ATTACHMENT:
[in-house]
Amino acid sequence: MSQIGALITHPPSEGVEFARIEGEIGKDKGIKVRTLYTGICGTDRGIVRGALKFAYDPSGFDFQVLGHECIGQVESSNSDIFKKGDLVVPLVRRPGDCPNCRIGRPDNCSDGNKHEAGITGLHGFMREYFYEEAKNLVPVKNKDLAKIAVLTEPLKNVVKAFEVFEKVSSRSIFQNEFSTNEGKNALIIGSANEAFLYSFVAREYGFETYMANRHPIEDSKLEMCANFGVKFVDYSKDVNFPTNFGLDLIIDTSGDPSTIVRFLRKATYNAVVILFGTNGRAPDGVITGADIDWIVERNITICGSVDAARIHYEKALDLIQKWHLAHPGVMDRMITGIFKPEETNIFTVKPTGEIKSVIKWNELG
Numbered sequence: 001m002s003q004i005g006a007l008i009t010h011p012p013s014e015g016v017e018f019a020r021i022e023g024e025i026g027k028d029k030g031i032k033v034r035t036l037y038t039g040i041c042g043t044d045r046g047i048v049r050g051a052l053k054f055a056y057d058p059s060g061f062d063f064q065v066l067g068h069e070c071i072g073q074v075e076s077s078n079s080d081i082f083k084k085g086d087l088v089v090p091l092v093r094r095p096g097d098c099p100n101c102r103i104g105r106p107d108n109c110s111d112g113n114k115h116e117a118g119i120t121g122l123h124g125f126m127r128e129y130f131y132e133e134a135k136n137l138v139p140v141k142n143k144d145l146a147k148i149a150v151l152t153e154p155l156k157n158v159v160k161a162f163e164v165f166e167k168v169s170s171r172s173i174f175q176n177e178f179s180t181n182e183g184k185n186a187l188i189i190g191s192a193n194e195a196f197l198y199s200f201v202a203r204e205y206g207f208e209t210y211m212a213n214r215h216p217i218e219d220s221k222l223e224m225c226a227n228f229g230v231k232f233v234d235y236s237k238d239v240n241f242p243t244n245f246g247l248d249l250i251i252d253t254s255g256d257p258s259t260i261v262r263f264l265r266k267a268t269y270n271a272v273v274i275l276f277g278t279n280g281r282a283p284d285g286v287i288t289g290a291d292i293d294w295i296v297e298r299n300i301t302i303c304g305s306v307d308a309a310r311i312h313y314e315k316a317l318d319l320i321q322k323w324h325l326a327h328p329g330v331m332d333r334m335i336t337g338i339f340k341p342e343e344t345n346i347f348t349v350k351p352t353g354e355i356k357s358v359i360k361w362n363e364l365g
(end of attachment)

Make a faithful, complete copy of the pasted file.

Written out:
[in-house]
Amino acid sequence: MSQIGALITHPPSEGVEFARIEGEIGKDKGIKVRTLYTGICGTDRGIVRGALKFAYDPSGFDFQVLGHECIGQVESSNSDIFKKGDLVVPLVRRPGDCPNCRIGRPDNCSDGNKHEAGITGLHGFMREYFYEEAKNLVPVKNKDLAKIAVLTEPLKNVVKAFEVFEKVSSRSIFQNEFSTNEGKNALIIGSANEAFLYSFVAREYGFETYMANRHPIEDSKLEMCANFGVKFVDYSKDVNFPTNFGLDLIIDTSGDPSTIVRFLRKATYNAVVILFGTNGRAPDGVITGADIDWIVERNITICGSVDAARIHYEKALDLIQKWHLAHPGVMDRMITGIFKPEETNIFTVKPTGEIKSVIKWNELG
Numbered sequence: 001m002s003q004i005g006a007l008i009t010h011p012p013s014e015g016v017e018f019a020r021i022e023g024e025i026g027k028d029k030g031i032k033v034r035t036l037y038t039g040i041c042g043t044d045r046g047i048v049r050g051a052l053k054f055a056y057d058p059s060g061f062d063f064q065v066l067g068h069e070c071i072g073q074v075e076s077s078n079s080d081i082f083k084k085g086d087l088v089v090p091l092v093r094r095p096g097d098c099p100n101c102r103i104g105r106p107d108n109c110s111d112g113n114k115h116e117a118g119i120t121g122l123h124g125f126m127r128e129y130f131y132e133e134a135k136n137l138v139p140v141k142n143k144d145l146a147k148i149a150v151l152t153e154p155l156k157n158v159v160k161a162f163e164v165f166e167k168v169s170s171r172s173i174f175q176n177e178f179s180t181n182e183g184k185n186a187l188i189i190g191s192a193n194e195a196f197l198y199s200f201v202a203r204e205y206g207f208e209t210y211m212a213n214r215h216p217i218e219d220s221k222l223e224m225c226a227n228f229g230v231k232f233v234d235y236s237k238d239v240n241f242p243t244n245f246g247l248d249l250i251i252d253t254s255g256d257p258s259t260i261v262r263f264l265r266k267a268t269y270n271a272v273v274i275l276f277g278t279n280g281r282a283p284d285g286v287i288t289g290a291d292i293d294w295i296v297e298r299n300i301t302i303c304g305s306v307d308a309a310r311i312h313y314e315k316a317l318d319l320i321q322k323w324h325l326a327h328p329g330v331m332d333r334m335i336t337g338i339f340k341p342e343e344t345n346i347f348t349v350k351p352t353g354e355i356k357s358v359i360k361w362n363e364l365g